I know, I know, it’s been like eight years since I wrote anything. I promise I haven’t fallen off the earth! Coming off of pass/no record, though, is taking a little bit of adjustment. Speaking of adjustment..
This semester I applied for and joined ESG (Experimental Study Group), a freshman learning community that offers all of the core classes in smaller classes. It’s a pretty big shift coming from the typical freshman classes of 200+, or however many people can fit into 10-250 at once without setting off any fire alarms (I heard that last semester, on the first day of 3.091, people were literally sitting in the aisles of this lecture hall that sat 450), but it’s definitely an awesome community to be a part of and a different approach to the GIRs.
Typically, freshman classes have huge lectures with everyone in the class, and then every other day, have an hour recitation with about 15-25 other freshmen and their TAs. Classes in ESG, however, have about 5-15 students in them – 15 being the very most. These classes are offered exactly the same as the regular material learned in typical freshman classes – called “mainstream” classes – but in a more intimate setting.
How intimate? Questions I ask in ESG classes on a daily basis? Probably around 5, in an hour of class. This includes questions such as “where did that negative charge come from”; “I don’t understand that; can you explain it again?”; and “wait, WHAT?!” Questions I asked in mainstream classes in an entire semester? 0. You get a lot more comfortable talking to your professor when it’s you, them, and a few other students who were probably wondering the same thing you were. (This includes “wait, WHAT?!”)
So you’re taking the same class, studying the same material. All your classes, however, are more similar to the recitation format, just slightly smaller. In mainstream, your TAs hold office hours where you can talk to them and ask questions, but in ESG it’s even easier to talk to your TAs and ask them questions because participation is inherent to the ESG learning community.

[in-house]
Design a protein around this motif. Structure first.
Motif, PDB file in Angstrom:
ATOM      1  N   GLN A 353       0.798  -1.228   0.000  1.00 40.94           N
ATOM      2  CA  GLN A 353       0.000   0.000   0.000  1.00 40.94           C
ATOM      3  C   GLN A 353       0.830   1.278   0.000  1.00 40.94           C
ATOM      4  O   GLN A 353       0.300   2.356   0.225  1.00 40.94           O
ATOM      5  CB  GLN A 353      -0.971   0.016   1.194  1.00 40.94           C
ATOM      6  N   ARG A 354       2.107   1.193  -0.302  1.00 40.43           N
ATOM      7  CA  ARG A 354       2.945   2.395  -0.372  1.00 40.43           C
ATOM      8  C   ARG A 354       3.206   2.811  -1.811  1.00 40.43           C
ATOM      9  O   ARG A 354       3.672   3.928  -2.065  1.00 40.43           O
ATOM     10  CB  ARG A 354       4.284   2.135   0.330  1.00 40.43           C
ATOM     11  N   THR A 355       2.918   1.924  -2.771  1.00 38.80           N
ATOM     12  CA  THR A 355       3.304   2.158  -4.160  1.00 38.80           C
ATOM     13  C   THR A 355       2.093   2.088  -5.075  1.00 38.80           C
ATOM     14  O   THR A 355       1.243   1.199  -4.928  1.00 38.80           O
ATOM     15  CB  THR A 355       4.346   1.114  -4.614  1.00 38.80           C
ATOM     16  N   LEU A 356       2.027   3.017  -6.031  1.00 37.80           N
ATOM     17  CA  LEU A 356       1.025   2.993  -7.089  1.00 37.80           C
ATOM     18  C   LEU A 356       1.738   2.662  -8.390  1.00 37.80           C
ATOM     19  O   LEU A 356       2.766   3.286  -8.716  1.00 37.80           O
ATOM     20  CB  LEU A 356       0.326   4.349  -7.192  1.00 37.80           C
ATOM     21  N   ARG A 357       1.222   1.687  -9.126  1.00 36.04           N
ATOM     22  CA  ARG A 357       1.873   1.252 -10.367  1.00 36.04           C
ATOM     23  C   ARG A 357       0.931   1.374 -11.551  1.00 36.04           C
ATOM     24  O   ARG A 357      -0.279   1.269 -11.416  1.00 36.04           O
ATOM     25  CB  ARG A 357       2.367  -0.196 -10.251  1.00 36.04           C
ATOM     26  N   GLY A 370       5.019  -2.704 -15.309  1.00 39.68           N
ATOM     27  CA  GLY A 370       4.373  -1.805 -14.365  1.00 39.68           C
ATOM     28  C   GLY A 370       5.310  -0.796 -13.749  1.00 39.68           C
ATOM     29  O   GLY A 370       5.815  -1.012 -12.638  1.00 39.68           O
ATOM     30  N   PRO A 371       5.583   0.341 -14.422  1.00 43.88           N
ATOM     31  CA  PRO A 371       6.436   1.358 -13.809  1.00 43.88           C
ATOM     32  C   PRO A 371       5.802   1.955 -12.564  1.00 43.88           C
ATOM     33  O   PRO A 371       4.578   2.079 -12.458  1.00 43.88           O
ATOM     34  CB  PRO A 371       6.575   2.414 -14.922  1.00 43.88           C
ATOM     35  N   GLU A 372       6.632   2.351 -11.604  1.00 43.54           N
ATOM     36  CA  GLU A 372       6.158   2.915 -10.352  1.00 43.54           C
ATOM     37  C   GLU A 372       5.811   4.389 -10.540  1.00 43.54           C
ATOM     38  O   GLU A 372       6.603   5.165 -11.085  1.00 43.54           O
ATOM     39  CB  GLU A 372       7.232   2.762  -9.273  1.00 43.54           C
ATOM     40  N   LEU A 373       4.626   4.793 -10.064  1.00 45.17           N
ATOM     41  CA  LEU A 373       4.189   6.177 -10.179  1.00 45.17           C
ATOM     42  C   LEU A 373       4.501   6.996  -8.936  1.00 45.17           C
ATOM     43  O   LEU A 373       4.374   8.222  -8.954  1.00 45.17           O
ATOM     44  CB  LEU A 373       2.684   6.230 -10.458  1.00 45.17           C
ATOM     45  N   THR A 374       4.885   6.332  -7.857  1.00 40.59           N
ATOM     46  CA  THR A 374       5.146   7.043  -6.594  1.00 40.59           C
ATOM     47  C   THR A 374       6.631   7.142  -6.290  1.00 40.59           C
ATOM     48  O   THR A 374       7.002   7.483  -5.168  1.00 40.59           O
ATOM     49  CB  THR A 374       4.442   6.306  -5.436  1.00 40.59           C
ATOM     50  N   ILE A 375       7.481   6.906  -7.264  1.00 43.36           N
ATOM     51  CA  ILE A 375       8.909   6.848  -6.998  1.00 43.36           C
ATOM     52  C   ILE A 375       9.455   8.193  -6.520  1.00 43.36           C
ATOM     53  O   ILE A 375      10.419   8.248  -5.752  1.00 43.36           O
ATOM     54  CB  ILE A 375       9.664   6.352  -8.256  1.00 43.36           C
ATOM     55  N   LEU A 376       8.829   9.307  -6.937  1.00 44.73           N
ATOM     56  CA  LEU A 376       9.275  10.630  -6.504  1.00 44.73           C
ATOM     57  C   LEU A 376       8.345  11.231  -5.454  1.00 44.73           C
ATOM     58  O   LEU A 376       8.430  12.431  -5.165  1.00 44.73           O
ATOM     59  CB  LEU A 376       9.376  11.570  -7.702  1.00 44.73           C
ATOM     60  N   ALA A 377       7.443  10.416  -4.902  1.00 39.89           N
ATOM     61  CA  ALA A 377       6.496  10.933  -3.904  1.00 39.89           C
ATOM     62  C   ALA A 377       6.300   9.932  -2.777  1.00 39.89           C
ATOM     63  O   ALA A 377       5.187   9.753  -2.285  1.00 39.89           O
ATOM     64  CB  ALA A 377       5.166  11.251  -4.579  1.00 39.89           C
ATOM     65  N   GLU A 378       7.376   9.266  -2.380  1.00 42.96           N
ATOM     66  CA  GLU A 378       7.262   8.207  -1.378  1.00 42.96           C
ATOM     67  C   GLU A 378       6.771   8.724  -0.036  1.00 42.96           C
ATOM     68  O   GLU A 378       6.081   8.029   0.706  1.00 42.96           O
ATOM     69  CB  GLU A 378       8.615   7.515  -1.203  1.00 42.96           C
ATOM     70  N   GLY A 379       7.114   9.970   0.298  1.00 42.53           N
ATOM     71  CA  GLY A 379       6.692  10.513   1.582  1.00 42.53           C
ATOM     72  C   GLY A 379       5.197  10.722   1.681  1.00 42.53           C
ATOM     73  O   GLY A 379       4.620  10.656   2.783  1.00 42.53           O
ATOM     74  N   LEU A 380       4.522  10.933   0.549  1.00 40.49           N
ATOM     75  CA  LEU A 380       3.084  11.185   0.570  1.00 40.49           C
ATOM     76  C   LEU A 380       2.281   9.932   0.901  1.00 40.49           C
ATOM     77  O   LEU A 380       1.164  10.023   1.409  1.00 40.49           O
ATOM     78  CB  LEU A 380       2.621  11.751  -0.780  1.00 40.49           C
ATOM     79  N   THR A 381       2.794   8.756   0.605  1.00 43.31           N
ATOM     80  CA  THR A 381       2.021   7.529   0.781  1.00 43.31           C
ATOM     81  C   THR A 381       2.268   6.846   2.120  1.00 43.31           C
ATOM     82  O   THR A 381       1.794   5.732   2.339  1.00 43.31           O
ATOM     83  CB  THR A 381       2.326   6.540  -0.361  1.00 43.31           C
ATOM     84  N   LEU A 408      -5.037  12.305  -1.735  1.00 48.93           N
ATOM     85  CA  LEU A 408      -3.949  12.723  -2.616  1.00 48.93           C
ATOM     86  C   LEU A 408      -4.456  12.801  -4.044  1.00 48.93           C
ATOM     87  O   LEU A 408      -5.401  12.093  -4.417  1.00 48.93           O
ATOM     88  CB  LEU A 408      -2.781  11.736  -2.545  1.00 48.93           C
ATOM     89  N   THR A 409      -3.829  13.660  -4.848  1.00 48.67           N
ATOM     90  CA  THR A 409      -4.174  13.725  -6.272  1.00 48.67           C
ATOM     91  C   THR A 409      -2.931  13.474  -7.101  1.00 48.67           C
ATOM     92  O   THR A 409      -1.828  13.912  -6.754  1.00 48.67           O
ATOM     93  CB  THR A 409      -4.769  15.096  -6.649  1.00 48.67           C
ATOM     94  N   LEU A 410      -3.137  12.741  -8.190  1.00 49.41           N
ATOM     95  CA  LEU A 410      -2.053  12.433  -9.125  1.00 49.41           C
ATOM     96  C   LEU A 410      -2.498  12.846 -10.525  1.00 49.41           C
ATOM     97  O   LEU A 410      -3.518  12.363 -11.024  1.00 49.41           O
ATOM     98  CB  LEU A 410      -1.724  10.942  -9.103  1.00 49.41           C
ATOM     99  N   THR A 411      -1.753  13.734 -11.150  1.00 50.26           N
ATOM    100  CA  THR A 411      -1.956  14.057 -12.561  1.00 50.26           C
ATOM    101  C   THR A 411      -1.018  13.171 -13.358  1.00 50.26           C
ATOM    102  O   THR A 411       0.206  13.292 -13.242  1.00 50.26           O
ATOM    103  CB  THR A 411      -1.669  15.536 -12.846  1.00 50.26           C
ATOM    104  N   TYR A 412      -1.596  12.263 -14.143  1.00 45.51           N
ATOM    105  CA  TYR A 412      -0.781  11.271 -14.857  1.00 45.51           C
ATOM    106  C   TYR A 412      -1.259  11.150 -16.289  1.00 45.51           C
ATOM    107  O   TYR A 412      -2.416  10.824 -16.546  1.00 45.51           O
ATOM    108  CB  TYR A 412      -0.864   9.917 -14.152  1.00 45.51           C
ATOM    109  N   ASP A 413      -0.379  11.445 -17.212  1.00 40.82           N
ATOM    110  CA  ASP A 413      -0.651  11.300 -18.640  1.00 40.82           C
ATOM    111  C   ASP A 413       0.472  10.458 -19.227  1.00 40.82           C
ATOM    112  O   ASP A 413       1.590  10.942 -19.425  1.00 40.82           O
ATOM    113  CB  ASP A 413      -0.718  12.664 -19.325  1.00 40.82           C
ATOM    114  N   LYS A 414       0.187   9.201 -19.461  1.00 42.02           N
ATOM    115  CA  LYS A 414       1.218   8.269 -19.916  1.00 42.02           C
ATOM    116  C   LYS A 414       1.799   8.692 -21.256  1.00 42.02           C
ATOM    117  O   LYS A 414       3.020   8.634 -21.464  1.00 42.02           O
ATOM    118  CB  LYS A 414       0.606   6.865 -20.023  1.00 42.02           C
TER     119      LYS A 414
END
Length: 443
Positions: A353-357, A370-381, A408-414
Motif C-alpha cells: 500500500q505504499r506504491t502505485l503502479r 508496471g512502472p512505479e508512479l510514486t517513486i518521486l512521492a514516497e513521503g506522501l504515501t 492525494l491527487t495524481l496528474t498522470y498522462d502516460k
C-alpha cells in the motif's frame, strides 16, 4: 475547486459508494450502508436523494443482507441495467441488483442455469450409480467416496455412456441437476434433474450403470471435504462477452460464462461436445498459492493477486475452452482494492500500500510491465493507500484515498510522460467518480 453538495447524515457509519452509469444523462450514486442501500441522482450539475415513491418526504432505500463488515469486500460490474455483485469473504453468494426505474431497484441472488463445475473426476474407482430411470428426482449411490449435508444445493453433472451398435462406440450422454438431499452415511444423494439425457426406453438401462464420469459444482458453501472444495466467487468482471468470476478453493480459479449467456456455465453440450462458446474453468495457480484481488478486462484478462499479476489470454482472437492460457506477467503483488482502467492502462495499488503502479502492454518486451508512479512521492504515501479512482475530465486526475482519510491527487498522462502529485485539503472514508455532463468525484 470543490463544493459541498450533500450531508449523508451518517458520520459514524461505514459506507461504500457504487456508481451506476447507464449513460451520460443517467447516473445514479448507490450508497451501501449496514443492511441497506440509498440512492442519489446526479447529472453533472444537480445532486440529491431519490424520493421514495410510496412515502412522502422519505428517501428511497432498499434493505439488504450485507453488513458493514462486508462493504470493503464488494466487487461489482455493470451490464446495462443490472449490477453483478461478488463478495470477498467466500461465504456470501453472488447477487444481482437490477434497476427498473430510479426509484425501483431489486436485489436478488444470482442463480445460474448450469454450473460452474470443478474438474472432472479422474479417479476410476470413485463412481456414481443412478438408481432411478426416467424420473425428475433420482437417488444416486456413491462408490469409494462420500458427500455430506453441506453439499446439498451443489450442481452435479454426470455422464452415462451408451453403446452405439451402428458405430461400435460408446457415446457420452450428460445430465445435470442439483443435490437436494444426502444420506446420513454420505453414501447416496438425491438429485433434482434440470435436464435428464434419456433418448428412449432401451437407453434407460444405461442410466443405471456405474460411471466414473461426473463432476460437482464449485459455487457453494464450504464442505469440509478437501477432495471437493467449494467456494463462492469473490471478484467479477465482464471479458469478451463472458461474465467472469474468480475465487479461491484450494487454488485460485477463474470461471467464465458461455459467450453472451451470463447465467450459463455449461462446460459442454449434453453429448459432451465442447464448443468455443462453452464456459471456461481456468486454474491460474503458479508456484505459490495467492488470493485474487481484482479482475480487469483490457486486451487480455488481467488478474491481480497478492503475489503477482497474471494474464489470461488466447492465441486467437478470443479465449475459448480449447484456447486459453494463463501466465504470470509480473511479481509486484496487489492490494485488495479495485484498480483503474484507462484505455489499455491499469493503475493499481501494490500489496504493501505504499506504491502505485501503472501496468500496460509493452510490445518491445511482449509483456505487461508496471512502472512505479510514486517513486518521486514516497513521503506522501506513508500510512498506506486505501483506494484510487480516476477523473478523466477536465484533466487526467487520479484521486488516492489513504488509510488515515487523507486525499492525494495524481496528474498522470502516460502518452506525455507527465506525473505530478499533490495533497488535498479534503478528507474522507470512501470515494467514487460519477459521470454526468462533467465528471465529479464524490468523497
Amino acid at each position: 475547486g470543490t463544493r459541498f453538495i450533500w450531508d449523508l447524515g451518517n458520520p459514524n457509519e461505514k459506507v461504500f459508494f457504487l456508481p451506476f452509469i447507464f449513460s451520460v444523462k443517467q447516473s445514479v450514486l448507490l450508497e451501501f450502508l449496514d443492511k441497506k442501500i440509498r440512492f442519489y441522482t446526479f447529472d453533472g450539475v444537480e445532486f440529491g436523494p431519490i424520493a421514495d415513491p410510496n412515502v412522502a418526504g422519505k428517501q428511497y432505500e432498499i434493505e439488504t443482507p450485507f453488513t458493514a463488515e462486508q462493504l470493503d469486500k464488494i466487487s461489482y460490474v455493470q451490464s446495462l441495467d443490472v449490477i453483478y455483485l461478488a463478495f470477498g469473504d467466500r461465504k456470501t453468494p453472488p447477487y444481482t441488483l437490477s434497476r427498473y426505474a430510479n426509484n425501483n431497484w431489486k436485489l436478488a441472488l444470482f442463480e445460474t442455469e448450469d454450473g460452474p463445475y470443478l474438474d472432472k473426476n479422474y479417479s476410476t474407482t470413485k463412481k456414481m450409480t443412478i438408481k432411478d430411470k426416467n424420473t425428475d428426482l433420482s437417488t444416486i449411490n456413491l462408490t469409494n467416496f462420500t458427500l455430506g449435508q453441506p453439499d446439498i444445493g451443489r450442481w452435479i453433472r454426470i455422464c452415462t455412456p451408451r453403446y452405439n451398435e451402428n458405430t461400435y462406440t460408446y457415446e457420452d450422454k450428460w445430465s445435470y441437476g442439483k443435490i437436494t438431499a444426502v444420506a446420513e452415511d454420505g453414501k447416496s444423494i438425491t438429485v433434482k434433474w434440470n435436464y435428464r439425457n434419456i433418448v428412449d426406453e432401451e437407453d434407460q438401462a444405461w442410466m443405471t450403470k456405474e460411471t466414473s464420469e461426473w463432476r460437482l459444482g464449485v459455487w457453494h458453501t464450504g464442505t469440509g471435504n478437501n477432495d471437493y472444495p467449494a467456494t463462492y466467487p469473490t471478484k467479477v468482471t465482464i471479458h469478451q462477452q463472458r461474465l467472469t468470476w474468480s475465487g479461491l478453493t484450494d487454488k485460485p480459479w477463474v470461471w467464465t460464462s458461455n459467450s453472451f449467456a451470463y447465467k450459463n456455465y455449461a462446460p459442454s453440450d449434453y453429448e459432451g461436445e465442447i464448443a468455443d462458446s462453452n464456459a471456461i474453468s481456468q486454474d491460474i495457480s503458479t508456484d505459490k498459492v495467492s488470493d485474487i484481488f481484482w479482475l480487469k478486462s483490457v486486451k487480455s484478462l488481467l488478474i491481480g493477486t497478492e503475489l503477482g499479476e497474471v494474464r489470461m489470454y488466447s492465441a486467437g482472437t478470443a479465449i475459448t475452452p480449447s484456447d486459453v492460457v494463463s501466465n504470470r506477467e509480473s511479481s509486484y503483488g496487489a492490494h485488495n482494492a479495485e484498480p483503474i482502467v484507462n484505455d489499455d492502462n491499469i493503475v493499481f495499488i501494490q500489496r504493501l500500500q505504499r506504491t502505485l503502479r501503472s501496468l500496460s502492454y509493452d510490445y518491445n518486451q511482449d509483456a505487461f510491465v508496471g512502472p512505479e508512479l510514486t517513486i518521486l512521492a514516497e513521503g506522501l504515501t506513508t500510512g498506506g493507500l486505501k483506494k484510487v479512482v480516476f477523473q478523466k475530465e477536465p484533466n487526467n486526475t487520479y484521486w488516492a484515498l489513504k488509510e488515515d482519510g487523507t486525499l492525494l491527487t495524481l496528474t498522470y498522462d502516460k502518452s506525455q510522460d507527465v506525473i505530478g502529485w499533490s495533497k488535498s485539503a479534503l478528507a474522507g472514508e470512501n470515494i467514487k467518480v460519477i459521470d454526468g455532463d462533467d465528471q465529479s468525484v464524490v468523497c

If you’re not sure that you want to submit entirely to ESG, you don’t have to. It’s a good way to get to know a small group of people, but if you’d still like to take interact with the rest of your freshman class, you can. I’m only taking half of my classes in ESG; my other two are regular mainstream classes. Some ESG classes, like 5.12 (Organic Chemistry), even have sort of a half-ESG option in that you attend mainstream lecture (which again, you wouldn’t want to miss, because Dr. Berkwoski is hilarious), but attend a recitation in ESG. I have a mainstream TA, but I also attend the office hours (extra study sessions) held by the ESG TAs, because it’s much easier to freely freak out about how much you don’t understand what’s going on. (And because I really enjoy 5.12. Nerd much?)
But the best part of ESG? Besides the small classes, and having a place to chill on campus 24/7? Free food. At every turn. Remember orientation? Yeah, it’s kinda like that. My biology professor’s Kitchen Chemistry seminar offers baked goods every other day; my TAs bring ice cream and order us Thai food for late-night study sessions, and one of the ESG administrators makes a pasta dinner every Wednesday night. And, of course, there are Friday lunches (with speakers such as representatives from OpenCourseWare).
Tonight was special, though, because it was Ting Ting’s (one of our 5.12 TAs) birthday! We celebrated ESG style by interrupting our study session to eat chiral cake. (Yes, we know that the substituents aren’t arranged in alphabetical priority. We only wanted it to spell out her name!)
Besides all the fun we have cooking together (and eating together.. hellooo, freshman 15), ESG is first and foremost a learning community – one you should possibly look into when you get your registration packets! (Especially because MIT is a very “wait, WHAT?!?!?” kind of place. I just wanted to write that again.)